Penn College Names New Chief Academic Officer

Published 04.13.2006

Faculty & Staff

Pennsylvania College of Technology's Board of Directors today approved the hiring of Lizabeth Self Mullens as the next vice president for academic affairs/provost.

Veronica M. Muzic, who plans to retire from the vice president/provost position later this year after more than 30 years of teaching and administrative leadership at the college, will remain for several months to aid in Mullens' transition into the role of chief academic officer.

Mullens, who has served as director of the Women's Leadership Initiative in the College of Health and Human Development at The Pennsylvania State University since 2003, will assume her new position on July 1.

"The student-centered learning environment is exactly the place in which I belong," Mullens said. "I entered academic administration early in my career because I learned that was the place to begin to be able to change programs and impact outcomes for students. I look forward to being a part of an effective leadership team to build opportunity for people and organizations."

In her current position, Mullens directs a program for undergraduate women students and alumnae mentors. She oversees faculty and alumnae recruitment, as well as student recruitment, selection, and advising. She also led the design of a faculty leadership development program, intended for development and implementation in 2006-07 in the College of Health and Human Development at Penn State.

"My passion is to create the environments and opportunities that empower others to discover their strengths and move forward with confidence to accomplish goals," Mullens said. "Higher education is the place in which I can live that passion every day, working with students, staff, faculty and other colleagues to find and share the unique talents and skills that are in all of us."

Prior to her arrival at Penn State, Mullens had 11 years of faculty and administrative experience in Maine. She began as an adjunct faculty member at Southern Maine Technical College and later worked with the University of Maine first as a consultant with the Maine Work and Family Institute at the university's Farmington campus and later as an educator with the university's cooperative-extension program and a local adult and community education unit.

She began her career in 1977 as a graduate research assistant at The University of Tennessee in Knoxville, where she earned her Ph.D in human ecology-interdisciplinary and her master's degree in textiles and apparel after completing a bachelor's degree in home economics education at Miami University, Ohio. She joined the faculty in the School of Home Economics at Tennessee Technological University in 1979; from 1985-89, she served as director of the School of Home Economics and associate dean of the College of Agriculture & Home Economics at that university. From 1989-92, she was the assistant vice president for academic affairs and dean of graduate and summer programs at Adams State College in Colorado.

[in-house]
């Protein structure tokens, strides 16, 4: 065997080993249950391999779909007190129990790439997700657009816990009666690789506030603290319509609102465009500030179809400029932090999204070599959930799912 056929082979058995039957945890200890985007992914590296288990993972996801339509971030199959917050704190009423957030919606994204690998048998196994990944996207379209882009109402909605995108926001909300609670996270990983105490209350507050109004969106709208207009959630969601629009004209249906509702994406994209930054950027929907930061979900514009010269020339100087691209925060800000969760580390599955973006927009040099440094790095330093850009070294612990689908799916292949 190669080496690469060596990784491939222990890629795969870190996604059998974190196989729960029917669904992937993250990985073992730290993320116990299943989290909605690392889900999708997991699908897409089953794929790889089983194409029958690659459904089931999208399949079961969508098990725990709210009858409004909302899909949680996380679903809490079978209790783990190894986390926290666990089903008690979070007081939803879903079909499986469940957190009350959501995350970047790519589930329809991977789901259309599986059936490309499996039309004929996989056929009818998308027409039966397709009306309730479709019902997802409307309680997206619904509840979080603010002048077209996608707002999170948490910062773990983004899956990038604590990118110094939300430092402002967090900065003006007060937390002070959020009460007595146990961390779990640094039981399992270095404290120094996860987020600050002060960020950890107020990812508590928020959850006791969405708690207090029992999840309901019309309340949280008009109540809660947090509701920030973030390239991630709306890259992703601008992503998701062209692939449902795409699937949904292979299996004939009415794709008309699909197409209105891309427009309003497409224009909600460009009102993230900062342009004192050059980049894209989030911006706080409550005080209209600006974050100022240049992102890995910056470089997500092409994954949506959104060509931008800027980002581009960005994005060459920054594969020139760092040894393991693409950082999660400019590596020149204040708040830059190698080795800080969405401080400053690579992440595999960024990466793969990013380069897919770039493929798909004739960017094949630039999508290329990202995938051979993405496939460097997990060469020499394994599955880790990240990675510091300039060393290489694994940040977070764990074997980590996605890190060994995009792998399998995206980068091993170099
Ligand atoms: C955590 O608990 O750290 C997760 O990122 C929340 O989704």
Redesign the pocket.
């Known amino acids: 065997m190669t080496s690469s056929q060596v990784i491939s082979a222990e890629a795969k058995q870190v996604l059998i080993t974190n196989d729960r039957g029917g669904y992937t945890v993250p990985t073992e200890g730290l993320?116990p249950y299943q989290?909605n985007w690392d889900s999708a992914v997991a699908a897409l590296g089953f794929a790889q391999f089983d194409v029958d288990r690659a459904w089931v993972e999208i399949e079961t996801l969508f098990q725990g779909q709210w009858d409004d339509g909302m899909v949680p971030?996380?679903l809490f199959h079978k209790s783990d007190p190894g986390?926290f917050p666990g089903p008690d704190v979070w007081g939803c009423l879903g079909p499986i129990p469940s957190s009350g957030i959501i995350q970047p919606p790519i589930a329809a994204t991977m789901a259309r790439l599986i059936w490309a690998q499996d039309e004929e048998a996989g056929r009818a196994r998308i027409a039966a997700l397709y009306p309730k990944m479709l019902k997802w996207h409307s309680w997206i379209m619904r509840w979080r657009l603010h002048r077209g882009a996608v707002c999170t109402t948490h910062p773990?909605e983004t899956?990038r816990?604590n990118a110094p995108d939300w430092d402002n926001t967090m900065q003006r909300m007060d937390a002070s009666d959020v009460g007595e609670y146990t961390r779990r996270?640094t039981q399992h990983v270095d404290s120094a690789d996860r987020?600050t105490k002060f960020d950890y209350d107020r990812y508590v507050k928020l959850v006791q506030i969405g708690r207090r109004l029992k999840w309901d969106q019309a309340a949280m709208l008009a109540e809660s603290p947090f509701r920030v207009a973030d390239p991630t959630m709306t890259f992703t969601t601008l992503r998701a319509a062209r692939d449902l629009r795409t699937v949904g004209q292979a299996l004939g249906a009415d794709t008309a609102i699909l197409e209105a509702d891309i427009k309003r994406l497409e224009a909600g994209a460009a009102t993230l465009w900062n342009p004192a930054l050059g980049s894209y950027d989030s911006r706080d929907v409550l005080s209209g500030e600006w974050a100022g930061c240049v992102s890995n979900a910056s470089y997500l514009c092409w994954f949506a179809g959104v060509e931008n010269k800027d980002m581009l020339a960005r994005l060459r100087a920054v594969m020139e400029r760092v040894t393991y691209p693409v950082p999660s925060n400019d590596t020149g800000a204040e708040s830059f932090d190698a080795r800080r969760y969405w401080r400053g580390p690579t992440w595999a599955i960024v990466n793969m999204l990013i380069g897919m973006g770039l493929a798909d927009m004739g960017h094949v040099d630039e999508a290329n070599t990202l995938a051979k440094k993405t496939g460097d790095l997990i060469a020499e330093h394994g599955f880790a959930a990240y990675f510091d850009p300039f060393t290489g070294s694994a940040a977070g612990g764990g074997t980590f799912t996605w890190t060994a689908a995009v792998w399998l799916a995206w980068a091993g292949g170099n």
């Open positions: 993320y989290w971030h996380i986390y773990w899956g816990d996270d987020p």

As chief academic officer, Mullens will lead Penn College's eight academic schools, which enroll more than 6,000 students and employ more than 294 faculty. She also will oversee all related academic services and auxiliary operations, including noncredit Workforce Development and Continuing Education, which serves more than 2,000 corporate and community clients and administers statewide, grant-funded training initiatives.

Penn College President Davie Jane Gilmour, who, prior to her appointment as president in 1997 also served as the college's vice president/provost, said Mullens' appointment, following Muzic's retirement, marks a milepost in the institution's history.

"I would never say that it's the end of an era, because Veronica Muzic's influence on this college and this community will never end," she said. "She is an extraordinary teacher and administrator. She is a role model for students, alumni, and colleagues who have the highest respect, admiration and love for her. She is a community leader who devotes her life to expressing her passion for education, culture and the arts. Veronica's influence is in the air we breathe on this campus; that will never change. Fortunately, we have found in Lizabeth Mullens a leader whom we expect will carry the torch with equal passion and commitment. I look forward to working with Lizabeth to chart a continued record of success for academic affairs and Penn College."